British Columbia (BC) farmers’ markets offer foods sourced directly from farms, people’s homes or prepared in commercial kitchens and/or licensed plants. Approval for vendors to sell their foods at a market involves a review of the application by the farmers’ market manager, who will screen and pass along to environmental health officers (EHOs) any applications with recipes that involve potentially hazardous food (PHF) for approval. The classic criteria to determine which foods are PHF are low acid (pH > 4.6) or moist (Aw > 0.85) foods capable of supporting bacterial growth. How the foods are packaged, labeled and stored also help determine whether a food is a PHF. Because PHFs are more likely to be contaminated, these foods are considered higher risk and must be prepared in a commercial kitchen, whereas non-PHFs are considered lower risk and can be prepared at home. For example, cheese made in a person’s home would not be approved because it is PHF, but cheese made in a licensed, inspected dairy plant on a farm would be approved. This seems straight forward but verifying the types of foods that are lower risk and may be made safely in an uninspected home can be challenging.

To help people decide what foods may be made at home and sold in farmers’ markets, BC uses the Guideline for the Sale of Foods at Temporary Food Markets to categorize foods based on whether they are low risk or higher risk (PHF). While this guideline provides direction, market managers and EHOs are often faced with reviewing foods not listed in the guideline and establishing if the food is low-risk and allowed to be prepared at home; if the food is higher risk and preparation must occur in a commercial kitchen; or if the food should not be allowed for sale at all. An evaluation of farmers’ market managers and EHOs handling of market applications found there was significant difference between market managers and EHOs whether food would be accepted for sale (P < 0.001). Managers accepted foods for sale more often than EHOs, whereas knowledge about what risks to look for in an application was below 40 percent in both groups.[1] However, the safety of a food cannot always be verified even when the application contains a photo of the food with a label, recipe, and lab report with the food’s pH and/or Aw. Questions about process safety and the sanitary quality of the environment and handling of the food are additional important considerations for PHF approvals.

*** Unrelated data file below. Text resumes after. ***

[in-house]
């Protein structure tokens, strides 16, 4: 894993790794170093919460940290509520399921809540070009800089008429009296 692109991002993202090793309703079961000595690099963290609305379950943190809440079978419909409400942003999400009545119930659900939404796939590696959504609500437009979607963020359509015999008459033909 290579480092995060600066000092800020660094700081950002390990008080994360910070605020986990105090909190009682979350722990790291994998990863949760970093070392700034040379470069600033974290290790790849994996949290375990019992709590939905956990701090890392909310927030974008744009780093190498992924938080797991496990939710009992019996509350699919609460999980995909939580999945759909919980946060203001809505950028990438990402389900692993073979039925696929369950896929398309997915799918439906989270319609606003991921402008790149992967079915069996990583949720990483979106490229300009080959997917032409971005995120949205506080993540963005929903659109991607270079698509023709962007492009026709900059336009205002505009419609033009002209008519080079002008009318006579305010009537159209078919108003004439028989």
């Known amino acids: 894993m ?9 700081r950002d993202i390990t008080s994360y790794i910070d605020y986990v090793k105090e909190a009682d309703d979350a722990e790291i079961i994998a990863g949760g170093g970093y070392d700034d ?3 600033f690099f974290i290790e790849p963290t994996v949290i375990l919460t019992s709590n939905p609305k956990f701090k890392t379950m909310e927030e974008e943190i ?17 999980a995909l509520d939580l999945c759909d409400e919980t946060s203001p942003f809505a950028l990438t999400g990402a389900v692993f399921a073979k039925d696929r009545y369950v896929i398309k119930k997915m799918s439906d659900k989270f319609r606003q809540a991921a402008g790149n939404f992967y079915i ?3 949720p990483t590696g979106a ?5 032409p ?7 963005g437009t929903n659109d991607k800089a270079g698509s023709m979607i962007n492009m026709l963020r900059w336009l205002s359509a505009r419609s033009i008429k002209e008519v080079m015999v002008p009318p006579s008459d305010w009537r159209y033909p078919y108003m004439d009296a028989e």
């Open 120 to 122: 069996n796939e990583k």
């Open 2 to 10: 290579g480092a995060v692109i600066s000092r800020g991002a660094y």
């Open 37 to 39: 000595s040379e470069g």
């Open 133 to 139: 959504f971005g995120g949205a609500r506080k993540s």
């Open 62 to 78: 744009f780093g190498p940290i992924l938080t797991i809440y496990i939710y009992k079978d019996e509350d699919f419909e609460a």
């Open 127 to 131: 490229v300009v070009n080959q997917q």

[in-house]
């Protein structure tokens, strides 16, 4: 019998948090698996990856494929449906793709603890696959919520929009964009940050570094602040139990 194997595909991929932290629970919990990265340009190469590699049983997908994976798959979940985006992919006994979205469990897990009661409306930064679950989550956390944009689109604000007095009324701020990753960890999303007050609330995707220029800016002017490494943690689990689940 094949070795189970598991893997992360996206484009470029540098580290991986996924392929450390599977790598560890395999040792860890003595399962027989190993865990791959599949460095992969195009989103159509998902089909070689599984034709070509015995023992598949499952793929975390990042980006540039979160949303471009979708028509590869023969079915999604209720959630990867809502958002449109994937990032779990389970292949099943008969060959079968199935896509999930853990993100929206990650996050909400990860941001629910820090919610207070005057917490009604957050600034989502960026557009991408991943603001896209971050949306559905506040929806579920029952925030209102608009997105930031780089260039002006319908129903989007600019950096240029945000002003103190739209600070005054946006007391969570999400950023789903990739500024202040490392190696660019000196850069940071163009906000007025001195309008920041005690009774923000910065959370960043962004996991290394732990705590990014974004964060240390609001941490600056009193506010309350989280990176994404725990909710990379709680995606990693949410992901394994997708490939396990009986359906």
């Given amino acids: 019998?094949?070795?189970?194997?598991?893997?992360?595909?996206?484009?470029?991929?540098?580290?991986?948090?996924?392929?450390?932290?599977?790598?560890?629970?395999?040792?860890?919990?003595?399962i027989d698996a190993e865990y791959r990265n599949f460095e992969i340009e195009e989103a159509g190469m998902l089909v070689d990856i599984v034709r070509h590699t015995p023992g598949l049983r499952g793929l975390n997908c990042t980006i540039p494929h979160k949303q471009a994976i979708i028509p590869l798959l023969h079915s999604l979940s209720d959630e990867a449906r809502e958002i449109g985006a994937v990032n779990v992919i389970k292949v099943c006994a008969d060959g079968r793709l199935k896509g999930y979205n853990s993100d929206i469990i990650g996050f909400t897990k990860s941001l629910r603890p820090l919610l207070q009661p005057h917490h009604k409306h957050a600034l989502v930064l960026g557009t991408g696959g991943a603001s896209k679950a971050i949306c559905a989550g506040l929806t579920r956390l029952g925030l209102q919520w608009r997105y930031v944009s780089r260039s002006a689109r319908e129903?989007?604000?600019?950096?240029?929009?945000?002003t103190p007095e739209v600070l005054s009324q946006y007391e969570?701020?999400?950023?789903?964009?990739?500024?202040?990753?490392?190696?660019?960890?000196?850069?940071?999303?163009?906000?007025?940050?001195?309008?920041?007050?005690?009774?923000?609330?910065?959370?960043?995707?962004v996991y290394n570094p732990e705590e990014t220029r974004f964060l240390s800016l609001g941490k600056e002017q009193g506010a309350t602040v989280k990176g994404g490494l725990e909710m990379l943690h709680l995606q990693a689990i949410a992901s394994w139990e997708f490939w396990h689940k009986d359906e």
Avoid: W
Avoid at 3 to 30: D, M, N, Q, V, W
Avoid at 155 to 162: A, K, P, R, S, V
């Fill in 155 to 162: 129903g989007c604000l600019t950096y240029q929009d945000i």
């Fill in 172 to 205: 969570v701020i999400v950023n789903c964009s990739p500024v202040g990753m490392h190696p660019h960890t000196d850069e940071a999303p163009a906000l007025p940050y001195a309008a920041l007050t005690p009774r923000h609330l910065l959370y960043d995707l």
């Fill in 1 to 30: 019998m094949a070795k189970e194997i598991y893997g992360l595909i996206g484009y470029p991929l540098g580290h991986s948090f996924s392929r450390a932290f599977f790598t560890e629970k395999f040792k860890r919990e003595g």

Food issues encountered in farmers’ market applications:
• Evaluating if the food ingredients and processes are high risk (raw carob/cocoa vs. heat-treated carob/cocoa)

• Being unfamiliar with the process or ingredients, or not enough is known to determine risk (microgreens risk in comparison to sprout risks)

• Minimizing process risk, for example, during fermentation or in raw food diets when food is dehydrated at temperatures lower than 145 °F (63 °C)

To keep the guideline up to date, farmers’ markets and their association meet with EHOs annually to discuss issues and whether any changes to the food categories need to be made. Food issue decisions (Table 1) can result in foods being allowed for sale that weren’t previously, for example, microgreens, or conditionally approved if preparation occurs in a commercial kitchen, for example, sauerkraut. The system still isn’t perfect. We learned that vendors wanting to make sauerkraut for farmers’ markets want to comply, but there is no storage capacity in commercial kitchens to leave products there while the fermentation occurs. Potential cross-contamination and unsanitary conditions could occur during transportation of incompletely fermented products back to a vendor’s home, or in the commercial kitchen where multiple users have access to the fermenting products when the vendor is absent.

When a lifestyle food choice, such as raw diet food is sold, farmers’ market managers and EHOs may not recognize the risk depending on the appearance of the vendor application. For example, “onion bread” with a final water activity of 0.54 first appears to be a low risk food. However, closer examination of the process reveals sprouted sunflower and flax seeds are mixed with chopped onions and dehydrated for 10 hours at 105 °F (41 °C). We are in the process of making recommendations on minimizing risks in raw diet foods, a difficult task made even harder in the absence of scientific research into this area. In the meantime, EHOs are left with having to take a decision on whether to approve these products to be made at home, while farmers’ markets assume a potential liability risk for these products.

Resources for Food Safety and Farmers’ Markets
BC Temporary food market guidelines (Low risk food examples allowed for sale are shown in Appendix I, high risk foods in Appendix II)
Food issue notes (food issues referred to in the table are listed along with many others)
MarketSafe education (an online education course for farmers’ market vendors and managers)
Good Farmers’ Market Practices (best practices for farmers’ markets)
Food Safety Matters (food safety and management at farmers’ markets, with helpful checklists)

Lorraine McIntyre, M.Sc., is a food safety specialist in the Environmental Health Services at the BC Centre for Disease Control.

1. McIntyre L, et al. 2014. “Competencies of Those Assessing Food Safety Risks of Foods for Sale at Farmers’ Markets in British Columbia, Canada.” Food Prot Trends 34(5):331–348.